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UTA doctoral student in biology earns prestigious AAUW fellowship

Thursday, August 30, 2018 • Media Contact: Herb Booth

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Shannon Beston, a doctoral student in biology at The University of Texas at Arlington, has received a prestigious award to fund her dissertation project in which she is evaluating the ecological drivers of eye and brain size evolution in a species of fish.

Beston has been awarded a 2018-19 American Association of University Women or AAUW Fellowship. The AAUW is a nonprofit organization designed to advance gender equity for women and girls through research, education and advocacy.

Shannon Beston

Shannon Beston

“I was thrilled when I found out about the award. This award is arguably the most meaningful acknowledgement I have received for my work to date,” Beston said. “When choosing recipients, the AAUW considers the applicant’s scholarly excellence as well as the quality and significance of their research, but also takes into account the applicant’s commitment to women in their profession and mentorship activities.

“It was really wonderful to be acknowledged not just for my research, but also for my activities as a mentor to other women.”

Matthew Walsh, associate professor of biology and Beston’s faculty adviser, said Beston is highly deserving of the fellowship.

“This is a tremendous honor for Shannon, but I’m not surprised she has been awarded this AAUW fellowship,” Walsh said. “She is a fantastic researcher and is one of the best graduate students I’ve had the privilege of working with. Her dissertation work is helping to advance our knowledge of what role ecological factors can play in evolution.”

The AAUW fellowship isn’t the first time Beston has garnered national notice for her work. In spring 2017 she received a Doctoral Dissertation Improvement Grant from the National Science Foundation.

The AAUW award, which is for $20,000, will provide financial support during the final year of her dissertation project, which is titled “The evolution of complexity: tests of the ecological drivers of eye size and brain size evolution in nature.”

Beston’s project focuses on how eyes and brains have evolved in response to predation in populations of killifish, Rivulus hartii, found in streams on the Caribbean island of Trinidad. Much is known about how eye size and brain size vary markedly across species, but little work has addressed how these traits evolve in a single species and what drives the evolution within species variation, she explained.

“Trinidadian killifish are found in fish communities on Trinidad that vary in predation intensity, including sites where they are intensely preyed upon by large fish (high predation sites) to sites where they experience no predation (Rivulus-only sites),” she said. “These populations are separated by barrier waterfalls and present a unique opportunity in which we can test how predation can alter the evolution of various traits.”

Beston’s previous work has shown that increased predation is associated with a smaller eye size in killifish and a smaller brain size in male, but not female, killifish. Additional experiments have shown that these differences are genetically based, she said. The remainder of her dissertation has focused on looking at why these patterns are present.

“We have performed mark-recapture experiments, where we tracked individual Rivulus and were able to measure survival and growth rate and how that correlates with eye size and brain size,” Beston said. “These experiments have yielded some interesting results. It appears that a larger eye size is associated with increased survival, irrespective of predation. However, we also found that Rivulus that are found without predators show a strong positive relationship between growth and eye size.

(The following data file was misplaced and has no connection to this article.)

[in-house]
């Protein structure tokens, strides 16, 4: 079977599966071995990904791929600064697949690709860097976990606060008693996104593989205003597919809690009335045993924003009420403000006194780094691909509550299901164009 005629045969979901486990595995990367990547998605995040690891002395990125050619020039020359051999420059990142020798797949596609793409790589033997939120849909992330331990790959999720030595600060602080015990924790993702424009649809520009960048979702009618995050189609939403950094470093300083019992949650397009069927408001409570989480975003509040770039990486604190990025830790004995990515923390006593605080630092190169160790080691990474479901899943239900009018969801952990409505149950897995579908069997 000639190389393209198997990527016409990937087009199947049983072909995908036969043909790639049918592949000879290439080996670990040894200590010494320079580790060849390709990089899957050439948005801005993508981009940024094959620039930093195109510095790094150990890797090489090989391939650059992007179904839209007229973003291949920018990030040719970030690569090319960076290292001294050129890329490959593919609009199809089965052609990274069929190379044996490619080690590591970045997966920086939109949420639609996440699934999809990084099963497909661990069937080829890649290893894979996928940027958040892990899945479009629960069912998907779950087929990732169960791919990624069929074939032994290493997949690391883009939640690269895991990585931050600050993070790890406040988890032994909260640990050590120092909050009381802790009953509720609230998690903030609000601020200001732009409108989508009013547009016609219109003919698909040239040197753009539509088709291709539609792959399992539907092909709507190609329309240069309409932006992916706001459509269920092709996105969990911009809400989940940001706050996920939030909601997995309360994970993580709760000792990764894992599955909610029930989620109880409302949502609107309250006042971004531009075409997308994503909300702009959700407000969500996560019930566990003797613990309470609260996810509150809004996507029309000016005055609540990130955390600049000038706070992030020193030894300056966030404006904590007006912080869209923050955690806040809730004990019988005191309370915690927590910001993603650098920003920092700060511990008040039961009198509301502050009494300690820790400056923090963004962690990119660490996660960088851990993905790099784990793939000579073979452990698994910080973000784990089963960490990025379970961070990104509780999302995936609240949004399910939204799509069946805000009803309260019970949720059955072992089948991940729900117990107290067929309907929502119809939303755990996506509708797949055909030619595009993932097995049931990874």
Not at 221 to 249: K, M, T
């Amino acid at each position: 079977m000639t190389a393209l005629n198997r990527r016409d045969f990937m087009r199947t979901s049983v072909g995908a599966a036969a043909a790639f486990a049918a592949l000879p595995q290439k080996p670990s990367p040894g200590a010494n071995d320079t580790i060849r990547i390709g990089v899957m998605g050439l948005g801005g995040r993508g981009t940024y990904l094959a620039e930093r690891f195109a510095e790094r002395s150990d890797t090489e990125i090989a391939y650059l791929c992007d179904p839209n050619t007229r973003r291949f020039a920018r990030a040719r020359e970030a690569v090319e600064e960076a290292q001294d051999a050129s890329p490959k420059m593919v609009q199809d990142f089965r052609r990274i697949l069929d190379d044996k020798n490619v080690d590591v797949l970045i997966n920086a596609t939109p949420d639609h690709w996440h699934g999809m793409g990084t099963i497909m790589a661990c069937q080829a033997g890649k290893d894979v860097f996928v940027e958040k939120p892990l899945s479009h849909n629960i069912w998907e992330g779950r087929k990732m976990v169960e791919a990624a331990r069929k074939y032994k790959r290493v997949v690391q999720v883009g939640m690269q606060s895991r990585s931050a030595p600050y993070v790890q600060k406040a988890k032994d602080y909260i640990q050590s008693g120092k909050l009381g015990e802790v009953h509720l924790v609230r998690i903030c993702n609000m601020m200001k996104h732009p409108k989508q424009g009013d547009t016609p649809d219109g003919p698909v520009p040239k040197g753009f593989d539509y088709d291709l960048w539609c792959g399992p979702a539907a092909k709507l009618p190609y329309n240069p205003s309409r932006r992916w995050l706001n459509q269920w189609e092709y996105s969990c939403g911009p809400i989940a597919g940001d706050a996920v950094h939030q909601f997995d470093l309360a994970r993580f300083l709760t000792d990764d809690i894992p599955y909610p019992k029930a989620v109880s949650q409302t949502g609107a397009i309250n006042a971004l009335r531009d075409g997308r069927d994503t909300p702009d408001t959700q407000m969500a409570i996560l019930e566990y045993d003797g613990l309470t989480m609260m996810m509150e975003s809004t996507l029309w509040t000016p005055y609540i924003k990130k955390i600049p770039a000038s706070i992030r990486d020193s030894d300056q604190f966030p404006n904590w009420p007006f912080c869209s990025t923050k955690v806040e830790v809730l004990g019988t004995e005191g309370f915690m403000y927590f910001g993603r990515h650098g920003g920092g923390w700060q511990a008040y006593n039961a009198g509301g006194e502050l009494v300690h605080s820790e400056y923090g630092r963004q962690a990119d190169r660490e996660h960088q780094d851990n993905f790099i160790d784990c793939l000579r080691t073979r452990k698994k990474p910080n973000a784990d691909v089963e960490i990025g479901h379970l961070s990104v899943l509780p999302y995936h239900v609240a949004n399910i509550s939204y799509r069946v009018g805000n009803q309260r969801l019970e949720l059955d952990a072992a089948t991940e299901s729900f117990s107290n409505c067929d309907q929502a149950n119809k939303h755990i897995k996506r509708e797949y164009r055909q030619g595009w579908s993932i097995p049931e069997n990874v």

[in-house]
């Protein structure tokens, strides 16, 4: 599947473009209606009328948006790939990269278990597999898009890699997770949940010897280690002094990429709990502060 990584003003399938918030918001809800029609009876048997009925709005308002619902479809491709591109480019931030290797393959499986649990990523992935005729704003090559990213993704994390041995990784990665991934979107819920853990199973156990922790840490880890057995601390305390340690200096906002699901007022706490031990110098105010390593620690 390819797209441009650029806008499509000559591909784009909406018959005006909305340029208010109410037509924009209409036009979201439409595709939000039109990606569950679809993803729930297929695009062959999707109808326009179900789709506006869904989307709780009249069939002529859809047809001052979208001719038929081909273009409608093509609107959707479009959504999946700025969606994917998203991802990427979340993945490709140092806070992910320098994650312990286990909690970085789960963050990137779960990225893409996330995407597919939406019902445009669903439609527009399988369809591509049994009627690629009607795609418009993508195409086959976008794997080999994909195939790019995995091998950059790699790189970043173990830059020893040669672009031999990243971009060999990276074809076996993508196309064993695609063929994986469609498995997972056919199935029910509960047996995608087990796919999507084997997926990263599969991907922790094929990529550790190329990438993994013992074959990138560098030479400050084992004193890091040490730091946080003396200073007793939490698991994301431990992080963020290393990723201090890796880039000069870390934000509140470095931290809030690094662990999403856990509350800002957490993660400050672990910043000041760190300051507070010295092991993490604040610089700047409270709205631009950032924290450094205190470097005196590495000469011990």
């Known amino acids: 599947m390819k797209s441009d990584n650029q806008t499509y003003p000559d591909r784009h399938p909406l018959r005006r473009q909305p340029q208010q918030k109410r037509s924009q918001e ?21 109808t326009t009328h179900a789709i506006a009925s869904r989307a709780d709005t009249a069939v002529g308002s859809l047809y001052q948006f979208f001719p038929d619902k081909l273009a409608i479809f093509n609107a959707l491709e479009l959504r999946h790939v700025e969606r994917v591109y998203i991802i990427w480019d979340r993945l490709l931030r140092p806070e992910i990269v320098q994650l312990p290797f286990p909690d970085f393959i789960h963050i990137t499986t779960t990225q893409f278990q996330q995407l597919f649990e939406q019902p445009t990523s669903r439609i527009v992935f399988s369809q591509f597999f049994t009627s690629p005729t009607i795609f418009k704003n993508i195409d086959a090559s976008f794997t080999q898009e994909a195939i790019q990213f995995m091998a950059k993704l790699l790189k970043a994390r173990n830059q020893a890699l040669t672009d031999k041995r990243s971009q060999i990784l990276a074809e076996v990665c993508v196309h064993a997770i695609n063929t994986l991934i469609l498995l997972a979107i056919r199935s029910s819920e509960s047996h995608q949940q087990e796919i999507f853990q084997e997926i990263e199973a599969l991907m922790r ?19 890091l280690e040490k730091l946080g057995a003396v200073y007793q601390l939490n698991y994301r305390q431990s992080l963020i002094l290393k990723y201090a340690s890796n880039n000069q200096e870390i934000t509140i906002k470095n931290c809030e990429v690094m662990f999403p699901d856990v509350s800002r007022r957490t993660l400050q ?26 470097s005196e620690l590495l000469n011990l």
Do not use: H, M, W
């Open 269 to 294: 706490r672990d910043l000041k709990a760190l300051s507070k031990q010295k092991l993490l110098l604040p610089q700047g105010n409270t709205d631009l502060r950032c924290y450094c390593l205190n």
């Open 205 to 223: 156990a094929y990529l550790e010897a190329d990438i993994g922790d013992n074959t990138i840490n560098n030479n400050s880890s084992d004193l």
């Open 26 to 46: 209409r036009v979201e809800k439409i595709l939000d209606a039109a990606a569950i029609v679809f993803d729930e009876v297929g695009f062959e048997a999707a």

“That is, in sites where there are no predators, Rivulus with a larger eye size grow much faster than those with a smaller eye size. We don’t see this relationship in Rivulus from high predation sites. These findings suggest that differences in eye size may actually be the result of competition.”

The Rivulus found in no-predation sites are found at much greater densities due to the lack of predators, and therefore the competition for food is much more intense. Beston and her colleagues have theorized that larger eye size is advantageous overall, but is especially important in Rivulus-only sites where individuals with a larger eye size may experience fitness-related benefits via foraging.

“A larger eye size is correlated with improved vision; thus, those with larger eyes may be better at finding food, which is especially important in Rivulus-only sites, where food is scarce,” she said. “Our results also suggest that selection for a larger eye size may be relaxed in high predation sites because competition for food is weak, an indirect effect of predation.”

Beston and her colleagues have submitted a paper on this topic for publication, and she is now writing up the findings of the mark-recapture work on brain size. For this study, they evaluated the fitness correlates of brain size in nature, and also evaluated underlying behavioral differences, such as learning capability and boldness, and how these correlate to brain size.

Beston will return to Trinidad in November to conduct studies using mesocosms, which are experimental water enclosures, in order to begin to understand some of the patterns found in previous mark-recapture experiments.

For the 2018–19 academic year, the AAUW awarded a total of $3.9 million through six fellowship and grant programs to 250 scholars, research projects and programs promoting education and equity for women and girls.

-- written by Greg Pederson